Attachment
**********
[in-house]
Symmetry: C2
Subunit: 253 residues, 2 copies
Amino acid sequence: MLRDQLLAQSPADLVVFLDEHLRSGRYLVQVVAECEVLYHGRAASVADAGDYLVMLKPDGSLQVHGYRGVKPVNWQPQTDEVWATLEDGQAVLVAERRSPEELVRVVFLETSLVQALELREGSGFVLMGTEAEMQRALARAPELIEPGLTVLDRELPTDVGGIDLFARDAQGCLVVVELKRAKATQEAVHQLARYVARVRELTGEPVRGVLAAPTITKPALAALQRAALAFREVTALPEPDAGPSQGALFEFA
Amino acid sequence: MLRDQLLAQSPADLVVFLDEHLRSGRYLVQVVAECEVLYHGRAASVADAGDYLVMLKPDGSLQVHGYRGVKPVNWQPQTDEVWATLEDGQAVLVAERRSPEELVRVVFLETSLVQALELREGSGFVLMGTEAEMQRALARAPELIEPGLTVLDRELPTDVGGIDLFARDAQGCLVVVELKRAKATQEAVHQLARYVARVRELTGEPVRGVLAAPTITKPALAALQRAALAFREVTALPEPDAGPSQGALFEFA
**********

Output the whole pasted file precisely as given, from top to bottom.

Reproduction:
[in-house]
Symmetry: C2
Subunit: 253 residues, 2 copies
Amino acid sequence: MLRDQLLAQSPADLVVFLDEHLRSGRYLVQVVAECEVLYHGRAASVADAGDYLVMLKPDGSLQVHGYRGVKPVNWQPQTDEVWATLEDGQAVLVAERRSPEELVRVVFLETSLVQALELREGSGFVLMGTEAEMQRALARAPELIEPGLTVLDRELPTDVGGIDLFARDAQGCLVVVELKRAKATQEAVHQLARYVARVRELTGEPVRGVLAAPTITKPALAALQRAALAFREVTALPEPDAGPSQGALFEFA
Amino acid sequence: MLRDQLLAQSPADLVVFLDEHLRSGRYLVQVVAECEVLYHGRAASVADAGDYLVMLKPDGSLQVHGYRGVKPVNWQPQTDEVWATLEDGQAVLVAERRSPEELVRVVFLETSLVQALELREGSGFVLMGTEAEMQRALARAPELIEPGLTVLDRELPTDVGGIDLFARDAQGCLVVVELKRAKATQEAVHQLARYVARVRELTGEPVRGVLAAPTITKPALAALQRAALAFREVTALPEPDAGPSQGALFEFA